storm> syn:tag=ttp | tree { $node.value() -> syn:tag:up }
syn:tag=ttp
        .created = 2021/10/16 01:54:58.686
        :base = ttp
        :depth = 0
syn:tag=ttp.phish
        .created = 2021/10/16 01:54:58.690
        :base = phish
        :depth = 1
        :up = ttp
syn:tag=ttp.phish.payload
        .created = 2021/10/16 01:54:58.690
        :base = payload
        :depth = 2
        :up = ttp.phish
syn:tag=ttp.opsec
        .created = 2021/10/16 01:54:58.686
        :base = opsec
        :depth = 1
        :up = ttp
syn:tag=ttp.opsec.anon
        .created = 2021/10/16 01:54:58.686
        :base = anon
        :depth = 2
        :up = ttp.opsec
syn:tag=ttp.se
        .created = 2021/10/16 01:54:58.688
        :base = se
        :depth = 1
        :up = ttp
syn:tag=ttp.se.masq
        .created = 2021/10/16 01:54:58.688
        :base = masq
        :depth = 2
        :up = ttp.se

Usage Notes:

  • tree is useful for “walking” a set of properties with a single command vs. performing an arbitrary number of pivots until the end of the data is reached.

trigger

Note

See the Storm Reference - Automation guide for additional background on triggers (as well as cron jobs and macros), including examples.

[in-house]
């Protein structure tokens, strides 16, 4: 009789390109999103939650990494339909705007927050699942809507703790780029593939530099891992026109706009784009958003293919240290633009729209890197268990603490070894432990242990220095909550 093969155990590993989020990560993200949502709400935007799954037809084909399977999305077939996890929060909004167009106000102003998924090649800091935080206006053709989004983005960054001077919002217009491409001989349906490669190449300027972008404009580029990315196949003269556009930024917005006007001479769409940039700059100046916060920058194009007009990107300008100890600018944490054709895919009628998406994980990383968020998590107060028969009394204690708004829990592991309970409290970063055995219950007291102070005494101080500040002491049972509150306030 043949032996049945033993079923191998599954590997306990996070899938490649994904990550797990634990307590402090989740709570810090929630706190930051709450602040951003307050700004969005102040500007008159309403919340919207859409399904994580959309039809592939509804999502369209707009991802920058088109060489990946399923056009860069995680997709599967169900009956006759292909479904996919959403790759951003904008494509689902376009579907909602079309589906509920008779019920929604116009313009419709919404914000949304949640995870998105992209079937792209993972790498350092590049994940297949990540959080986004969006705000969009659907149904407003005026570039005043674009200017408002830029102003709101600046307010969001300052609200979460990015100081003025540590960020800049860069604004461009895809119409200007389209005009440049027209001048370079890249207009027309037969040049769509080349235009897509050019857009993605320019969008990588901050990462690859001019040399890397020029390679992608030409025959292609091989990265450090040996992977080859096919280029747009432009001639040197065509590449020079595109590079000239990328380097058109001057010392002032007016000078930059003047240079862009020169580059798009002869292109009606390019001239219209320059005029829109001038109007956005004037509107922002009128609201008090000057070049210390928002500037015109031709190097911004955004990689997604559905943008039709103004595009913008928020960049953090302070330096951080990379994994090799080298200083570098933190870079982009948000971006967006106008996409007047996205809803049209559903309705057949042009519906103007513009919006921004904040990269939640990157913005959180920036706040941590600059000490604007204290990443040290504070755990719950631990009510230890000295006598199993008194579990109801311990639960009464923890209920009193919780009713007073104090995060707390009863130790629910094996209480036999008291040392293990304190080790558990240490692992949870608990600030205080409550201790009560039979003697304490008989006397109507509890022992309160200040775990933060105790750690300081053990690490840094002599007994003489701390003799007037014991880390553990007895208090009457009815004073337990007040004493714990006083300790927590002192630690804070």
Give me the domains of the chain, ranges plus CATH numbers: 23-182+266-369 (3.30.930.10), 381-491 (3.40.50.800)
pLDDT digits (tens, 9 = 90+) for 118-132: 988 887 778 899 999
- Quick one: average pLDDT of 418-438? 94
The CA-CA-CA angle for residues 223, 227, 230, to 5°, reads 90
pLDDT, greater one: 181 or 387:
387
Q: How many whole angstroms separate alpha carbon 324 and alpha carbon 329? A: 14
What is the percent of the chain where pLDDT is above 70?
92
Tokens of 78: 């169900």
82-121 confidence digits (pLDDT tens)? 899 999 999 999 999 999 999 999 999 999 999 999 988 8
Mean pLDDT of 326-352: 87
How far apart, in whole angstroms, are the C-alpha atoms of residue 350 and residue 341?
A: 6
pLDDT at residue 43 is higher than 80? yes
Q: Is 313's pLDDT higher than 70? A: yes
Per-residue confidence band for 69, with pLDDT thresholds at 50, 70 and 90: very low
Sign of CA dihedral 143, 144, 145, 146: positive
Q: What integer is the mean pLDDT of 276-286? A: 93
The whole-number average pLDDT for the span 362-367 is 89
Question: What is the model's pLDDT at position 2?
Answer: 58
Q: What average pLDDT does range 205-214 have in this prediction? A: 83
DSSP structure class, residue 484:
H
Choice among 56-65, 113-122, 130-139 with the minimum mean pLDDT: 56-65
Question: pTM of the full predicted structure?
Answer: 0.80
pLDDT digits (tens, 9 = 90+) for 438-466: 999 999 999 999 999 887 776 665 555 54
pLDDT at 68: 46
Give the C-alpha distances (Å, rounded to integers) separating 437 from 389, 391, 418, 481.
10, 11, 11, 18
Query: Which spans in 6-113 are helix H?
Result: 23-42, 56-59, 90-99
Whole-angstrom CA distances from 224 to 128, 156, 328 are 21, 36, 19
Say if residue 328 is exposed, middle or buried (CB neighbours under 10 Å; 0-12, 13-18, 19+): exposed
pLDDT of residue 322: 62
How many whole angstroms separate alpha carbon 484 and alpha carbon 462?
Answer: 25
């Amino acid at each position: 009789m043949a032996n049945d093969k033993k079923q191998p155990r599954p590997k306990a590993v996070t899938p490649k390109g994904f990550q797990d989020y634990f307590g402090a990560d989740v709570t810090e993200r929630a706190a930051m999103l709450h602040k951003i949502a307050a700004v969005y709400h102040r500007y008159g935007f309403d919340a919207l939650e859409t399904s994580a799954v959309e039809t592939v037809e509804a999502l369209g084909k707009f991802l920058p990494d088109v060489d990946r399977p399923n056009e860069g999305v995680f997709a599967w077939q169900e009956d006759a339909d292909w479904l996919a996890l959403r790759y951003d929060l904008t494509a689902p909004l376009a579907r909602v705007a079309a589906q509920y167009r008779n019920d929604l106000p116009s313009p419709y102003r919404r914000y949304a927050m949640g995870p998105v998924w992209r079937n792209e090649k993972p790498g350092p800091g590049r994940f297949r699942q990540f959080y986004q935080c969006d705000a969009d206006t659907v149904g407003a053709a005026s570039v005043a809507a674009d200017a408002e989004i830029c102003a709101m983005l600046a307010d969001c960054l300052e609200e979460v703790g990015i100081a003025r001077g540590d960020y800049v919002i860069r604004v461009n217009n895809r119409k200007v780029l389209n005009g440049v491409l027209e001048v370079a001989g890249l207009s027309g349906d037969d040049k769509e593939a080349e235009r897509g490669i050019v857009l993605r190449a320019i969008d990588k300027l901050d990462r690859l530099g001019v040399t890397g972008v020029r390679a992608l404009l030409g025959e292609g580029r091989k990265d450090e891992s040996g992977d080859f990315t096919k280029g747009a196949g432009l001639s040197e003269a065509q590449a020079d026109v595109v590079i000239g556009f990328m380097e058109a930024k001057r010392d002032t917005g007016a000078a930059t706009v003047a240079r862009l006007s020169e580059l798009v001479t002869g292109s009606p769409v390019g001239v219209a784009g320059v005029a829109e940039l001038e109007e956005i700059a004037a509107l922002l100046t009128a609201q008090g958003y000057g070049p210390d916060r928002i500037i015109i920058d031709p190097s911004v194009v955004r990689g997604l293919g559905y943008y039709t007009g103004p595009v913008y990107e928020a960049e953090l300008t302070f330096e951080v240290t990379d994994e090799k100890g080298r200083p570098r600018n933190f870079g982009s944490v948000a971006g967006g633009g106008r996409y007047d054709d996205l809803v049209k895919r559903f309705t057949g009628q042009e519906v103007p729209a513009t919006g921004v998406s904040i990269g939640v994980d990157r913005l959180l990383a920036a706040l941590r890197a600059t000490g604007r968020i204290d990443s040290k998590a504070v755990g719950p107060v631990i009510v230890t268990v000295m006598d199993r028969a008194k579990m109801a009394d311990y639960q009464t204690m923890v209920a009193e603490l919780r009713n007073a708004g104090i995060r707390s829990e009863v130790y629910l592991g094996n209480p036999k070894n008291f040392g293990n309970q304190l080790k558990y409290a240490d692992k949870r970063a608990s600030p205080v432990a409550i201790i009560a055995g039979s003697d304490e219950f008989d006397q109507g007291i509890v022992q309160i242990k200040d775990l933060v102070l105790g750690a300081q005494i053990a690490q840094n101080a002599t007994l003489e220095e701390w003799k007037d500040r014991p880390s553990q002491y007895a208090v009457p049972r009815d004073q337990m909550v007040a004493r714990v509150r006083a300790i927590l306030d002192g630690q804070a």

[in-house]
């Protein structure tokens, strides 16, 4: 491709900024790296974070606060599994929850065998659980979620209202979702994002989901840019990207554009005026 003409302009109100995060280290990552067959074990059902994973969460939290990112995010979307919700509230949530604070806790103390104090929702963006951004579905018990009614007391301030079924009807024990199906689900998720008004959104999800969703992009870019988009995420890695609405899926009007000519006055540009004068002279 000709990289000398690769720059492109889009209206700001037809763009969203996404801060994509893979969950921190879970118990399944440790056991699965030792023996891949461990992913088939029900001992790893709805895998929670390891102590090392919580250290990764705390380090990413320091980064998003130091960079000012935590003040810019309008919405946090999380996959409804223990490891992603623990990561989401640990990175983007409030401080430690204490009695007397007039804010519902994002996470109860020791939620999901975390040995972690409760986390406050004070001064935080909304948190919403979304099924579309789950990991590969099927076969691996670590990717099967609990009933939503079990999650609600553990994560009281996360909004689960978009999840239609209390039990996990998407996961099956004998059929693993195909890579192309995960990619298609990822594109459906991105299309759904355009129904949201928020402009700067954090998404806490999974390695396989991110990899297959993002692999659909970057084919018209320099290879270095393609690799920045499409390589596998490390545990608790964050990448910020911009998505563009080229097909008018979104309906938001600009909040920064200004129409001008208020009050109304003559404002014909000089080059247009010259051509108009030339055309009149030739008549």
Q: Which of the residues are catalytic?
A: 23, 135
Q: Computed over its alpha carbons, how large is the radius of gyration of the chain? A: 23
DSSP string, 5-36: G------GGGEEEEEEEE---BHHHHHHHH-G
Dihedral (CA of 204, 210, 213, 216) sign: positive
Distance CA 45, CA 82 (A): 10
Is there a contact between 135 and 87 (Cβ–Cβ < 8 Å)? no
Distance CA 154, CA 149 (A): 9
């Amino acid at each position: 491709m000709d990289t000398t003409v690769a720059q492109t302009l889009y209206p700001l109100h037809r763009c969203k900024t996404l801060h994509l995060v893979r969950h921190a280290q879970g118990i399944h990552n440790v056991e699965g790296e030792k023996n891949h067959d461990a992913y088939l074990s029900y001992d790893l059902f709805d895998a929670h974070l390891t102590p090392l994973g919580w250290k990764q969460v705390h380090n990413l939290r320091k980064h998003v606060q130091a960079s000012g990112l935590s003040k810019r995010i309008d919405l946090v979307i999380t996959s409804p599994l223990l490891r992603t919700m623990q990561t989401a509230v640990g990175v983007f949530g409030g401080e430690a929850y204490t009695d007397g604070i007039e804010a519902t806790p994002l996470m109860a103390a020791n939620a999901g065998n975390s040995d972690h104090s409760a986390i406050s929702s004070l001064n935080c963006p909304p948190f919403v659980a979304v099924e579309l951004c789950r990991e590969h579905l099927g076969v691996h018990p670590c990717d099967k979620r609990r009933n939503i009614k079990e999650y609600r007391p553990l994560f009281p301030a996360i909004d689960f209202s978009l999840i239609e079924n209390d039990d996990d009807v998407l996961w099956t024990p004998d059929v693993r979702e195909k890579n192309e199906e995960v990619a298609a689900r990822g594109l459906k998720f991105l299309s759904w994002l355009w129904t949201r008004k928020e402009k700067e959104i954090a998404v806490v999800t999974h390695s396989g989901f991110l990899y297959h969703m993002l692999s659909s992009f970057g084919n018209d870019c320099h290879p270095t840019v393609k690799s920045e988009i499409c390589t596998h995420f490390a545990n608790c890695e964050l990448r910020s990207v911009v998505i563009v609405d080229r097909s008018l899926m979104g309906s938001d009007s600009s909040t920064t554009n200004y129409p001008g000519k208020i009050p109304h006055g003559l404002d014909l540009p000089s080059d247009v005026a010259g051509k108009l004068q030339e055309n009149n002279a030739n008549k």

Storm includes trigger.* commands that allow you to create automated event-driven triggers (see Trigger) using the Storm query syntax.

Help for individual trigger.* commands can be displayed using:

<command> --help

Triggers are added to the Cortex as runtime nodes (“runt nodes” - see Node, Runt) of the form syn:trigger. These runt nodes can be lifted and filtered just like standard nodes in a Cortex.

Note

The Storm trigger.* commands replace the Synapse cmdr-based trigger command, which is being deprecated.

trigger.add

The trigger.add command adds a trigger to a Cortex.

Syntax:

storm> trigger.add --help


Add a trigger to the cortex.

Notes:
    Valid values for condition are:
        * tag:add
        * tag:del
        * node:add
        * node:del
        * prop:set

When condition is tag:add or tag:del, you may optionally provide a form name
to restrict the trigger to fire only on tags added or deleted from nodes of
those forms.

The added tag is provided to the query as an embedded variable '$tag'.

Simple one level tag globbing is supported, only at the end after a period,
that is aka.* matches aka.foo and aka.bar but not aka.foo.bar. aka* is not
supported.

Examples:
    # Adds a tag to every inet:ipv4 added
    trigger.add node:add --form inet:ipv4 --query {[ +#mytag ]}

    # Adds a tag #todo to every node as it is tagged #aka
    trigger.add tag:add --tag aka --query {[ +#todo ]}

    # Adds a tag #todo to every inet:ipv4 as it is tagged #aka
    trigger.add tag:add --form inet:ipv4 --tag aka --query {[ +#todo ]}


Usage: trigger.add [options] <condition>

Options:

  --help                      : Display the command usage.
  --form <form>               : Form to fire on.
  --tag <tag>                 : Tag to fire on.
  --prop <prop>               : Property to fire on.